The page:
Pellagra rough skin dermatitis diarrhea dementia death Chemistry of food

Pellagra rough skin dermatitis diarrhea dementia

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Pellagra: rough skin (dermatitis, diarrhea, dementia, death)
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Chemistry of food o Joseph Goldberger (1920s) makes the connection between diet and pellagra. In mental institutions, the staff did not develop it, but the patients did (they were given poor quality food, low protein food). o Mississippi State Penitentiary: one group received normal food, one group received high-protein food. The first group would develop pellagra. o Exposure to pellagra (to make sure it was not infectious): he ‘infected’ himself and he did not get it. o P-P factor: vitamin B3 (niacin) RDA: recommended daily allowances (to prevent deficiencies) o Ascorbic acid: 90 mg o Thiamine (B1): 1.2 mg berry berri o Niacin (B3): 16 mg pelagras o Vitamin B12: 2.4 μ g pernicious anemia Vital amines vitamines vitamins (Casimir Funk) o Vitamin B2 is an amine o Vitamin C is not an amine, but the term stuck Stress vitamins: B and C Contraceptive pills might lower vitamin B levels. Laxatives might lower vitamins A and D levels. If you are taking a multivitamin supplement, there is no reason to stop, but if you are not taking one, there is no reason to start. 20 mg of niacin can treat Pellagra 2000 mg of niacin can help lower cholesterol (under doctor prescription) 200 μ g of folic acid can treat anemia 800 μ g of folic acid can treat neural tube defect (spina bifida, due to lack of folic acid in the mother during pregnancy) o Flour is fortified now with folic acid. Folic acid could also prevent Alzheimer’s disease (School sisters of Notre-Dame) Vitamin B12 was thought to help heart disease, then not anymore Vitamin B6 was thought to be important carpal tunnel symptom, then not anymore Antioxidants were supposed to have anticancer and preventive cardiovascular diseases properties Free radicals are very reactive species o H – O – H becomes -O – H o Antioxidants will give electrons to free radicals (because molecules don’t like to have only one electron) o Antioxidants convert reactive free radicals into more stable species which are less likely to cause damage (the result will be a free radical, but more stable than the first).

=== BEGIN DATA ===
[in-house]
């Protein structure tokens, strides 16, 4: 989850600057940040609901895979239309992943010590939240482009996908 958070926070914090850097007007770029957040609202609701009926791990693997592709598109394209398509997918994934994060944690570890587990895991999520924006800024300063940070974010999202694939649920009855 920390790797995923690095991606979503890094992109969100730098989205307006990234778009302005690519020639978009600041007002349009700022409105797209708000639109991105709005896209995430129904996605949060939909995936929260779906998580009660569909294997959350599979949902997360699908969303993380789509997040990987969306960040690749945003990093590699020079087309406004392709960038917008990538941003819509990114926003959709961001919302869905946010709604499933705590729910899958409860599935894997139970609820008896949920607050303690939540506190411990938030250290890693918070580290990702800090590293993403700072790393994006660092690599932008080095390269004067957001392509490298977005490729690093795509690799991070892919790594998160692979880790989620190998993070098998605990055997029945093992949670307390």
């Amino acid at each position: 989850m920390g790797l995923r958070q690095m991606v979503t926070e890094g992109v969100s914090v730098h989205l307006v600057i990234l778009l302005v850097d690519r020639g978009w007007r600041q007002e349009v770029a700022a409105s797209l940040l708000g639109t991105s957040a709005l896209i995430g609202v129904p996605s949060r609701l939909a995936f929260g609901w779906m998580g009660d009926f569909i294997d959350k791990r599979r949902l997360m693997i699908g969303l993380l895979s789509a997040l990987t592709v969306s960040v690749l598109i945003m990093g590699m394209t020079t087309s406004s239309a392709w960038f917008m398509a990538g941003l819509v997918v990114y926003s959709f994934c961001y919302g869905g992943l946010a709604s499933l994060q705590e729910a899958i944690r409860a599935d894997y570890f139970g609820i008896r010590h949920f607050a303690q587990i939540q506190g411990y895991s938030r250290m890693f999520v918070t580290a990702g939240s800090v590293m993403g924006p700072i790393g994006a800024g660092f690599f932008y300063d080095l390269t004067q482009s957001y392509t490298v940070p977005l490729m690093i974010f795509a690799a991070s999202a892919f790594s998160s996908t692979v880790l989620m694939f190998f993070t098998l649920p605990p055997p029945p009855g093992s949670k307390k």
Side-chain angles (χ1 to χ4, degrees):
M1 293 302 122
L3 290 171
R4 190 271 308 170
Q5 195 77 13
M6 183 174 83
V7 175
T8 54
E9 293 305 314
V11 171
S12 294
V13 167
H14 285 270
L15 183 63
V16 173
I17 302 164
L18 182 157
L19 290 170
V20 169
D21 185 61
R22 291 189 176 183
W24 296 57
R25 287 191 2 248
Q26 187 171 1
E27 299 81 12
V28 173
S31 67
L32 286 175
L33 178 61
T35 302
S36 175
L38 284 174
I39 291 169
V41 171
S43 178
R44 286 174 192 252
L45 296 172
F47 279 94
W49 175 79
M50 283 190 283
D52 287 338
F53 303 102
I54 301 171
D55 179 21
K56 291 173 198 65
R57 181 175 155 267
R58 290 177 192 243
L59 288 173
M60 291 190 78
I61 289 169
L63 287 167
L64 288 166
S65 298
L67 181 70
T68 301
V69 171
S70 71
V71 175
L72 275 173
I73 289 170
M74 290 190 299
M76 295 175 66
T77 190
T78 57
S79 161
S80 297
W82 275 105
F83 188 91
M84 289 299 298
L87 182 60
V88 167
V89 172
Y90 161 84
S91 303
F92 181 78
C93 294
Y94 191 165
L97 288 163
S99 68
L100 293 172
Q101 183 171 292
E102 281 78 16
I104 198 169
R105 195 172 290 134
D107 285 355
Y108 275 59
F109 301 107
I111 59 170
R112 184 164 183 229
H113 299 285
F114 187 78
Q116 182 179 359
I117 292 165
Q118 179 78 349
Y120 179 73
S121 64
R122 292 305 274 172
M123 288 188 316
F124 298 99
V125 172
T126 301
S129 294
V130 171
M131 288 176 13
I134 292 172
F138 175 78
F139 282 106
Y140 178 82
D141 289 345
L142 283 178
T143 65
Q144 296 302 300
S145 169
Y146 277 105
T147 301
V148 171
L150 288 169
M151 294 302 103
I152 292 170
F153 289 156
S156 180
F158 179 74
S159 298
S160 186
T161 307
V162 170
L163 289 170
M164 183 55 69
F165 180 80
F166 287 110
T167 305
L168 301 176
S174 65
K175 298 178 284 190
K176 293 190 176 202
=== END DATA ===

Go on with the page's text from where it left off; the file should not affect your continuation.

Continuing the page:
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Chemistry of food o Free radical formation: environment pollutants, poor nutrition and the body’s natural metabolism can rob normal oxygen atoms of crucial electrons. The crippled atoms that result are known as ‘free radicals’. o Oxidative damage: free radicals attempt to replace their missing electrons by scavenging the body, robbing electrons from healthy cells. This process of robbing and pairing of electrons creates a damaging free radical chain reaction in our bodies that erodes our cell membranes and can alter the way cells encode genetic information from the DNA. o Oxidant quenched: antioxidant molecules have the ability to lose electrons without initiating a chain reaction. Scientists believe that antioxidants nutrients beta carotene, vitamins C and E, and selenium help provide our bodies with the proper nutritional support to quench free radicals and promote healthy cells. It is always best to get antioxidants from the diet than from supplements.
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